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Recipe: Lobster and Gouda Quesadilla

I made a day trip down to the Keys this Saturday to enjoy the weather and trek around the Marathon area (before it turned into the two-day shit storm we've been experiencing). When I was down there, I made a stop at one of my favorite places in Marathon: Keys Fisheries. In addition to selling spiny lobsters, whole fish, and plenty of other sea critters, the tiny market with attached casual restaurant serves simply-prepared seafood hauled right from the waters nearby. My fiancee and I ate a fantastic lunch there that included a fresh, Cajun-fried hog snapper sandwich; some chunky conch salad with tomatoes, cucumbers, and onion; and one of the place's famous lobster Reubens made on thick slices of rye. It doesn't get any more Florida than that. 

Whenever I visit Keys Fisheries I also bring along a cooler with some

ice and purchase a few spiny lobsters to take home. So that Saturday

night, some friends and I had an extravagant meal of lobster tails

grilled with garlic and olive oil, some fresh ceviche I made from a

whole yellowtail snapper, and homemade coconut rice with black beans.

It was a fantastic meal -- the lobster meat, sweet and clean, was as

fresh as spiny lobster gets. It makes me glad to live in Florida, where

I can get the critters right off the docks before they're frozen and

shipped all over the country. With the carapaces I made some rich

lobster stock that I hope to use to make bisque or chowder later down

the road. And I had a whole tail's worth of lobster meat left over for

the next day.

I decided to make use of it by making something spicy, cheesy, and

savory; something that played off the lobster Reuben I'd had the day before. Like a sandwich, but not. Then I had it: a lobster quesadilla.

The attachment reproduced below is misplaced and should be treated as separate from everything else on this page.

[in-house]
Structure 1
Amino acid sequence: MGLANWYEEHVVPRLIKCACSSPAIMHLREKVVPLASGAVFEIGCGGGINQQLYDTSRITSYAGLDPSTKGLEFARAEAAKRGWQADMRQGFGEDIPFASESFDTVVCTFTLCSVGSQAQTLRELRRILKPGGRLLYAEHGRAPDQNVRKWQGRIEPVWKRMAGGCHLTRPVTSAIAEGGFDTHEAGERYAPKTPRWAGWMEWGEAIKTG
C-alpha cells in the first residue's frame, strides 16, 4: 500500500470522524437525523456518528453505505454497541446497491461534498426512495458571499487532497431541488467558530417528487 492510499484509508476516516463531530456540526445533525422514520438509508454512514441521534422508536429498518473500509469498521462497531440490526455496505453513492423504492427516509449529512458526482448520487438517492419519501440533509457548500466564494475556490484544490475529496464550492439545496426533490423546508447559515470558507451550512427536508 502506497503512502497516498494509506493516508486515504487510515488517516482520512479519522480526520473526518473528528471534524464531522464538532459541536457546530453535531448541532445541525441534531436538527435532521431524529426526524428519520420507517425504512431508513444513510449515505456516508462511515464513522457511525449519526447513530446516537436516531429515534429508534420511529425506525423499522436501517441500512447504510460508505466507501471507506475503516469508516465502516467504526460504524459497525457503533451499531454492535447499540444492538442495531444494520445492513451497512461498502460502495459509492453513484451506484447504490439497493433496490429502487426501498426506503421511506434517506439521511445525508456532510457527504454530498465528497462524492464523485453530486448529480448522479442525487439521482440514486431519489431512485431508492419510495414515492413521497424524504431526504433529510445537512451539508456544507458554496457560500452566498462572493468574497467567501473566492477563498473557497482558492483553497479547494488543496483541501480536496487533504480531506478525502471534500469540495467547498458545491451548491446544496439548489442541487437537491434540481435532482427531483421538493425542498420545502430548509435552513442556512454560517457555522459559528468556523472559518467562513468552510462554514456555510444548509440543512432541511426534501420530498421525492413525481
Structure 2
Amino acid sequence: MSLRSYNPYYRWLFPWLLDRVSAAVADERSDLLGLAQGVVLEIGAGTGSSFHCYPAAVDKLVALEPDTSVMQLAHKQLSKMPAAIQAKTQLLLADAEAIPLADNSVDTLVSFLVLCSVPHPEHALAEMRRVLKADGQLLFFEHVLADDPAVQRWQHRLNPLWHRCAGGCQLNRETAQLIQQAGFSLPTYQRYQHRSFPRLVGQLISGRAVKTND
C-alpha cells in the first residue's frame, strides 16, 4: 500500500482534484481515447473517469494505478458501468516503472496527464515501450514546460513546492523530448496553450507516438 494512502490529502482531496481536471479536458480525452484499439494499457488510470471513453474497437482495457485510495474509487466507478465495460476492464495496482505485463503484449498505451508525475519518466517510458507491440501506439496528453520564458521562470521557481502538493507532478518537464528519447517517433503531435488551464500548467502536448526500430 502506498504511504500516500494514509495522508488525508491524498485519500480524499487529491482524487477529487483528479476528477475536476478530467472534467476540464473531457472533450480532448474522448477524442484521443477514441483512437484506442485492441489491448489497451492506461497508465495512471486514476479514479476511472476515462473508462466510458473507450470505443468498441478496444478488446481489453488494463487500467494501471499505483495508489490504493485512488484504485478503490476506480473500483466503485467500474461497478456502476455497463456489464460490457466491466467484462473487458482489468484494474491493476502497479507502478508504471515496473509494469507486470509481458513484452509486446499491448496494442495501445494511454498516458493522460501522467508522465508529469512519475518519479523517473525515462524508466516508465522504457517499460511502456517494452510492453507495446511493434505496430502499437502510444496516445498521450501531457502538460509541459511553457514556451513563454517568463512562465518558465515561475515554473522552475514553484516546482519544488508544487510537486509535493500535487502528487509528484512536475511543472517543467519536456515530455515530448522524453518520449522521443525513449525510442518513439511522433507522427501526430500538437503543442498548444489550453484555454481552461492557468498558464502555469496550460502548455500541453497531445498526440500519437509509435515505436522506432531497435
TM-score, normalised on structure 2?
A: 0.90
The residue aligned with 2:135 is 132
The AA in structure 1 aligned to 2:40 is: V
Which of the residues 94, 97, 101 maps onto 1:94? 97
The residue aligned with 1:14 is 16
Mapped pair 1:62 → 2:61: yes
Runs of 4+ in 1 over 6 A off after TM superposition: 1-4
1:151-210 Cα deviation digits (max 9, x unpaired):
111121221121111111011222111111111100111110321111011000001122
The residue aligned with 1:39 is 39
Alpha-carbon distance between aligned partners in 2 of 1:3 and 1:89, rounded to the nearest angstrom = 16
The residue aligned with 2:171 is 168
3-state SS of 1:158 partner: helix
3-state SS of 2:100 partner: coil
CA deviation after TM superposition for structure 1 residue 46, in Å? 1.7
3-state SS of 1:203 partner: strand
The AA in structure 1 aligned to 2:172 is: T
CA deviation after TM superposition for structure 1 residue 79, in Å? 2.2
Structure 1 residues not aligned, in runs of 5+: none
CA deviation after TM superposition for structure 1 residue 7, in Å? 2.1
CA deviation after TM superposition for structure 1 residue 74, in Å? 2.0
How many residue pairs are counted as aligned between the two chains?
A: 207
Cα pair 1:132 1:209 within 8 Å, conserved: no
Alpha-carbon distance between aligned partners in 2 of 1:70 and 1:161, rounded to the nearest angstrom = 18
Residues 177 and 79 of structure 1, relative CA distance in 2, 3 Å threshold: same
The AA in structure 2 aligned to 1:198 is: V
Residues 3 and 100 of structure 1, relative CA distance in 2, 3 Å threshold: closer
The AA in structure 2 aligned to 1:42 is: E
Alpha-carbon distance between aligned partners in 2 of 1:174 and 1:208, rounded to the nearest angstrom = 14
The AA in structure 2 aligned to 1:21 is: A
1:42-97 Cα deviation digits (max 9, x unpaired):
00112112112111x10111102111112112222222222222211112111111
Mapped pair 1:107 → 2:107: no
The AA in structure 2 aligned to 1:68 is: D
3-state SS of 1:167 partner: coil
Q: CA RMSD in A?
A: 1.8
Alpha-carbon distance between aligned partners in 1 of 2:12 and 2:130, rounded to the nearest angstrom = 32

I'd never made one before, but I had some

great ingredients lying around the house to give it a try.

I started by removing the tail meat from the shell and chopping it up

into half-inch chunks -- half-inch because I wanted to spread the meat

around evenly, but I also wanted to be able to taste the lobster in

each bite. Since the lobster was already grilled with garlic and olive

oil, I thought I'd use the same two ingredients as a base. I heated a

non-stick skillet over medium heat and added some left over garlic oil

to it. I let that render for about 10 seconds, then tossed in the

lobster meat to saute.

I had also decided to add a little heat. So I tossed in a teaspoon of

minced Scotch bonnet pepper that I had left over from the ceviche the

day before, and let the flavors soak in to the meat along with the

garlic and oil. To add a pungent, earthy component to that sweet island

heat, I sprinkled on some ancho and arbol chili powder. Finally, I

finished the mixture with a squirt of fresh lime juice to give it some


I removed the lobster mixture and spread it evenly on a large flour

tortilla. Then I shredded some fresh cheese over the top. I used a

combination of a half-cup of store-bought cheddar with about a quarter

of a cup of Old Amsterdam Aged Gouda

I'd purchased the week before. I figured the regular cheddar would

mellow out the really strong, sweet gouda nicely. To finish off the

quesadilla, I spread a few tablespoons of sour cream along the top

tortilla and closed it up.

I popped the quesadilla in the saute pan along with a little bit of

olive oil to coat. A couple of minutes on each side and it was crispy,

hot, and melted. I couldn't wait to try it.

Oh. My. God. The quesadilla was dreamy -- full of delicate lobster

meat, with the strong but not overpowering flavor of the gouda. Behind

that was some slow blooming heat thanks to the pepper. The cooling tang

of sour cream finished it off nicely along with a salad of avocado,

tomato, mango, and hearts of palm I had made the day before.

In short, if you've got some lobster sitting around looking for a way

to be eaten, give this quesadilla a go.   

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John Linn